Handling dangerous cargo, regulations and conventions

By Mike Jarrett

Those in the know may describe transport of harmful and volatile cargoes as the second most dangerous industry after the nuclear power industry. Save for the size of the bang, this may not be true. It may be that the latter that is second.

The nuclear power generation industry is carefully monitored and checked on a rigid schedule. Those who are employed in or near its facilities know exactly what the dangers are and what specific set of actions are required. And there are numerous concerned citizens’ organizations willing to come out in demonstration to protest any perceived or even suspected negligence. Not so with the transport of dangerous cargo.

Transporting volatile dangerous cargo – lifting it onto or off ships; onto then off of chassis; into then out of warehouses – is by far more hairy than maintaining watch in a nuclear power station. Often, life depends on a single thread. That thread is the diligence of shipping clerks to do their job of documentation without error, all the time. In a single mishap, not to mention the loss of human life, an ocean-going vessel can dump half a million tonnes of dangerous liquid substances into the sea and so create an environmental catastrophe of historic proportions.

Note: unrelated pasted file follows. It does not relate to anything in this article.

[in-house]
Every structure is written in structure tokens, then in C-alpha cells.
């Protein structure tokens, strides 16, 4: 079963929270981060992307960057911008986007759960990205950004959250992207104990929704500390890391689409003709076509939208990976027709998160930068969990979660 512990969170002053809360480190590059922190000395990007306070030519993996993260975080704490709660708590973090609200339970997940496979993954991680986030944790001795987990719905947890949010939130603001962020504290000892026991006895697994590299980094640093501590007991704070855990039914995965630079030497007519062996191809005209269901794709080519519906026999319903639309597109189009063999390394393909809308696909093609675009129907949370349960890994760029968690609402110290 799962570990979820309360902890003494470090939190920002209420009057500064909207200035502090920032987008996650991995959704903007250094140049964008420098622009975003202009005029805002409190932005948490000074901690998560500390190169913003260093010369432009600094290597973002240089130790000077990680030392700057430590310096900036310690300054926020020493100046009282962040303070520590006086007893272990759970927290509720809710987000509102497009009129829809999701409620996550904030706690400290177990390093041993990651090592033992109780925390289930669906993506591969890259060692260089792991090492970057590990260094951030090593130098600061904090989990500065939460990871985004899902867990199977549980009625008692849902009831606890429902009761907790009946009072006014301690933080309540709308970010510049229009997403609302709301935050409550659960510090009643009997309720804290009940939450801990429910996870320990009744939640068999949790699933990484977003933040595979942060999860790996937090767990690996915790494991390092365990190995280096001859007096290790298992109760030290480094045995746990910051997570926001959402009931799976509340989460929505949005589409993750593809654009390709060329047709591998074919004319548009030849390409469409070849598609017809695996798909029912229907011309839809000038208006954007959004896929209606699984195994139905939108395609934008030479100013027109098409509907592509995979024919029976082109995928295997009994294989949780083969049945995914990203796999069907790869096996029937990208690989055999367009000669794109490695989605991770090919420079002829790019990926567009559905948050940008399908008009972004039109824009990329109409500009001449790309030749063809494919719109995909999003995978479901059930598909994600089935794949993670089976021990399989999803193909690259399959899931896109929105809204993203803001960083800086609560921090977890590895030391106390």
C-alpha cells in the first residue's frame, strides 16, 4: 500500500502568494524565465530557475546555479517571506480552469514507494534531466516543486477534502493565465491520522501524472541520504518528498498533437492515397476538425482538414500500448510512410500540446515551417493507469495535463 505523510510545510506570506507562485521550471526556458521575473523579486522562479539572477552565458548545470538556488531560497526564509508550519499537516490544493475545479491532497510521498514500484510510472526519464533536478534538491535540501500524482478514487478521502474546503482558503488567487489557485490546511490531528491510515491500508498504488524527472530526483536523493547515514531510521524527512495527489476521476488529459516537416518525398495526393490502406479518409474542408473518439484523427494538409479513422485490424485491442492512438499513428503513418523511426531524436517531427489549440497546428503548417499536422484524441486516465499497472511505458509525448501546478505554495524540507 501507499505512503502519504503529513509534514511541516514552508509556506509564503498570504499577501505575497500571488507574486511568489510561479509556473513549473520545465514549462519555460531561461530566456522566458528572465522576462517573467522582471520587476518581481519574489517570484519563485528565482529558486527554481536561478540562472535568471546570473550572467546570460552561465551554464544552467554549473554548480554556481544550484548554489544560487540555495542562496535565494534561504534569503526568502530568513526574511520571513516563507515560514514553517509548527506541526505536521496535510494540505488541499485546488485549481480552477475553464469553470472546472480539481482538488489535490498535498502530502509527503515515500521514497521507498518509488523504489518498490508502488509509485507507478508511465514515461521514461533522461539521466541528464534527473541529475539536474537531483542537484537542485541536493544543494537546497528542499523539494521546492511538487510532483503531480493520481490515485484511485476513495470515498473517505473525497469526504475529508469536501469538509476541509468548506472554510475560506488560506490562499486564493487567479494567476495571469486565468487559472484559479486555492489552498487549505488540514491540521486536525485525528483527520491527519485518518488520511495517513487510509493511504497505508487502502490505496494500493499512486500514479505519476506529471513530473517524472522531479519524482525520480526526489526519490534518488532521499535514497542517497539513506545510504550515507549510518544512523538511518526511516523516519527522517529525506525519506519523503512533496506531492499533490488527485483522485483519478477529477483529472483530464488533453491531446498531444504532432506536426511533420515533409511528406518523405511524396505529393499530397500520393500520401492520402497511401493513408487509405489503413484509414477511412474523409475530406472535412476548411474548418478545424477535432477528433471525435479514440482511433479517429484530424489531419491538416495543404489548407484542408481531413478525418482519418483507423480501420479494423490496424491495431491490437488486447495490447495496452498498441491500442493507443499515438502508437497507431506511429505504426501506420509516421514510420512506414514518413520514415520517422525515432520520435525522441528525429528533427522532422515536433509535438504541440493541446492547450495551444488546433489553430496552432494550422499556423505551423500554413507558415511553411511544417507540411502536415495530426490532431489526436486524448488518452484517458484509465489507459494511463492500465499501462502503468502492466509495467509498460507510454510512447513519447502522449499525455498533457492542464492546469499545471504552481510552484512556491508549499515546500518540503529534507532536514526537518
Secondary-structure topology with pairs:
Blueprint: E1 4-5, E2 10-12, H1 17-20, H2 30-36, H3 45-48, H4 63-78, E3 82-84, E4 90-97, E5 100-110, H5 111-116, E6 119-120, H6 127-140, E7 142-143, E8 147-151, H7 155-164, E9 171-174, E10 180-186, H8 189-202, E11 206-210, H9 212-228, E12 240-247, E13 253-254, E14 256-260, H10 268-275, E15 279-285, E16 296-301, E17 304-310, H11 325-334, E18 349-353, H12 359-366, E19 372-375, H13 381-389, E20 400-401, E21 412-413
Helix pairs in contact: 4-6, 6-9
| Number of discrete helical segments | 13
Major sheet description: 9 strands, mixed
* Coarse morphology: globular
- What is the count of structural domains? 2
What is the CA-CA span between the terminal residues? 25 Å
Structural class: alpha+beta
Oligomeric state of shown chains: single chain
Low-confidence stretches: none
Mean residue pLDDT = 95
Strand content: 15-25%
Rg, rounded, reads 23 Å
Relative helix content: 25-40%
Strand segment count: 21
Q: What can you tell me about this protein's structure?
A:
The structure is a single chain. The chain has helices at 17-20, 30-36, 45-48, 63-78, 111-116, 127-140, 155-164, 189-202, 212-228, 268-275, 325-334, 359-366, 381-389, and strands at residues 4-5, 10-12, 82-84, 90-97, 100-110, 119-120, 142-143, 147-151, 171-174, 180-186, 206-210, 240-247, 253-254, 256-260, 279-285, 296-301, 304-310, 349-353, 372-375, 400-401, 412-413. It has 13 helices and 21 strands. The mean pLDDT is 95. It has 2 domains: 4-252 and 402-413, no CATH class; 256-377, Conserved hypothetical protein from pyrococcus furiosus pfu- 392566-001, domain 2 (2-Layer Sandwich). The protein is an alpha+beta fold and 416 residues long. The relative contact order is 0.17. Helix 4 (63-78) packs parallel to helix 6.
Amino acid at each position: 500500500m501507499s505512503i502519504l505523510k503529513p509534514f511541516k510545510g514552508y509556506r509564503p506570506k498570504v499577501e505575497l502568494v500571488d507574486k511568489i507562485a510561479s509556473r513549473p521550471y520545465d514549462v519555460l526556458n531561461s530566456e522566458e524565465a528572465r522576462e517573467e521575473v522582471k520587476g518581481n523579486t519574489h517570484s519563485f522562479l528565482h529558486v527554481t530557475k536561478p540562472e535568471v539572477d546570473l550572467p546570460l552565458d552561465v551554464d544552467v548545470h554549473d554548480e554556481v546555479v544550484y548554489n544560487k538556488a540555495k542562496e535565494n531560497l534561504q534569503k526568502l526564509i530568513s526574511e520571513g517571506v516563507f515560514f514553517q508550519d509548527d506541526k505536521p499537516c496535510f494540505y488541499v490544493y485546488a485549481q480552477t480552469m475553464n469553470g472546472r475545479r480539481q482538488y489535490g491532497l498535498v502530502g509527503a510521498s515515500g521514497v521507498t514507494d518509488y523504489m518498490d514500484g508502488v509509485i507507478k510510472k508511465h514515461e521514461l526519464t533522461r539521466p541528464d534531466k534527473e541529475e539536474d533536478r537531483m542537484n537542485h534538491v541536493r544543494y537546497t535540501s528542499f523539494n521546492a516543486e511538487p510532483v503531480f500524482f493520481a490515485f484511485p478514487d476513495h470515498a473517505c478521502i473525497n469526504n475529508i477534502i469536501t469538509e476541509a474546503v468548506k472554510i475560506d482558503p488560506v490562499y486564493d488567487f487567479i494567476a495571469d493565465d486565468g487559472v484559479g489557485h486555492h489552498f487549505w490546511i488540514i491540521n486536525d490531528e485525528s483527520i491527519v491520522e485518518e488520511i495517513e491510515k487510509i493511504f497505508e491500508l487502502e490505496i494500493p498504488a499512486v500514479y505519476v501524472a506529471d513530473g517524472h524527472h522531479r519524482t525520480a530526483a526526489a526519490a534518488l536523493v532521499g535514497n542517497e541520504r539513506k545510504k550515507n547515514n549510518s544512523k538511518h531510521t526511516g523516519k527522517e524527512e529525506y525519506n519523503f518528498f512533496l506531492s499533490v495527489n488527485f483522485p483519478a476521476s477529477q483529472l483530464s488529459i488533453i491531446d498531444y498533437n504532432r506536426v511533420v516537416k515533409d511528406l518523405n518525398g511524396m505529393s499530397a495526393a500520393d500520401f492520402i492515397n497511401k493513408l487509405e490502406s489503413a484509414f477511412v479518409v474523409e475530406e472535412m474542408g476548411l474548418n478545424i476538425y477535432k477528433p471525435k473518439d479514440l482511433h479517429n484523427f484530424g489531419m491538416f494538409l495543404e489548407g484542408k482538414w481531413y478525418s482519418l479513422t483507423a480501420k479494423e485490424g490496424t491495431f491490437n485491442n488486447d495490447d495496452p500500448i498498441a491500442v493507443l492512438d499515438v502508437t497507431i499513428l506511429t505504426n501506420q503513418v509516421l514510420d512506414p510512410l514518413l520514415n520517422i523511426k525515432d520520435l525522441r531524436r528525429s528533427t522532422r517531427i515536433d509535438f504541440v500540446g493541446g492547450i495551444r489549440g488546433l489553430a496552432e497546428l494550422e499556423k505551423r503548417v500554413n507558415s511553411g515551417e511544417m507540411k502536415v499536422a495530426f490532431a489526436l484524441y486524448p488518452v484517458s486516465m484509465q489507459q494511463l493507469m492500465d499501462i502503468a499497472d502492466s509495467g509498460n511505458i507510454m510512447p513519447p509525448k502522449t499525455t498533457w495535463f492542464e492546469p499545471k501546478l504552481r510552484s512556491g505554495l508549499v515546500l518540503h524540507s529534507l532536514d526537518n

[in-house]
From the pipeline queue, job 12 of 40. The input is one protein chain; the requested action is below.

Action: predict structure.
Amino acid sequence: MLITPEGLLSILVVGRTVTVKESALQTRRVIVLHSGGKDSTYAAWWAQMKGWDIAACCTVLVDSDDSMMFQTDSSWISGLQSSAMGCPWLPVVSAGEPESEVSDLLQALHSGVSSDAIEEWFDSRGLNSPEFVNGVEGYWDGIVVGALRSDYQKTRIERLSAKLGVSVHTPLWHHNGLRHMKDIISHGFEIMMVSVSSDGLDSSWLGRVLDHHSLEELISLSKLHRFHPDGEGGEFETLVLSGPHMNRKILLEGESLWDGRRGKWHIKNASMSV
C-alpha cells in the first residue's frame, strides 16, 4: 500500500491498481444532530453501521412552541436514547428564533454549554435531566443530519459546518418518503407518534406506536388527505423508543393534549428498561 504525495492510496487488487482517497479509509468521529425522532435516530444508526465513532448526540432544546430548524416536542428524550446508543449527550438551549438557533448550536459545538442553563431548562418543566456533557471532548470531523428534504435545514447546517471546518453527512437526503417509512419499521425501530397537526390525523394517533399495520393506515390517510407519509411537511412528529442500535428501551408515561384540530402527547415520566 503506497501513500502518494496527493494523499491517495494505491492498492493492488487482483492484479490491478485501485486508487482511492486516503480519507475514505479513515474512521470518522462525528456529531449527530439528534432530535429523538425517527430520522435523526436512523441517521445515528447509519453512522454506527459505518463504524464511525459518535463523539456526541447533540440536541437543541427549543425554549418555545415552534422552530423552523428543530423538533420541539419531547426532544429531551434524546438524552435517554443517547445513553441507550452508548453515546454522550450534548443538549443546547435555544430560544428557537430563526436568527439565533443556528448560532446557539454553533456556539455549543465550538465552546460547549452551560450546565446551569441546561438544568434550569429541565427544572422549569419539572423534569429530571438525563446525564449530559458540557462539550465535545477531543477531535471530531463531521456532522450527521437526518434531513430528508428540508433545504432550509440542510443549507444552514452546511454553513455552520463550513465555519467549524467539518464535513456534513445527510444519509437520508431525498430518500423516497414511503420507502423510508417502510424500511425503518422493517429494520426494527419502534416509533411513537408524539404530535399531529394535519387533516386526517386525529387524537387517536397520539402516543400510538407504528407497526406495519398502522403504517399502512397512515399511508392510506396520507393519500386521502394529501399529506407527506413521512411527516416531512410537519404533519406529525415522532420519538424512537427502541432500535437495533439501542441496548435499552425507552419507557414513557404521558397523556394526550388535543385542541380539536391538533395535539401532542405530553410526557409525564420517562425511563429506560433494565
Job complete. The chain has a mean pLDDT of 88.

The responsibility to handle explosives, gases, flammable liquids, flammable solids, and substances that emit flammable gases when in contact with water is as awesome as it is frightening.

It is said that about 50% of ocean cargo can be classified as hazardous. Some 100,000 chemical substances are defined as dangerous which, if wrongly handled, can cause death of people, environmental disasters or destruction of property. It is impossible to predict the impact of an accident with dangerous substances as chemicals behave differently depending on characteristics, quantity, temperature, atmospheric and weather conditions. This places a high level of responsibility on port authorities to hone and implement effective prevention strategies. This begins with knowledge then meticulous implementation of all relevant international safety regulations and conventions.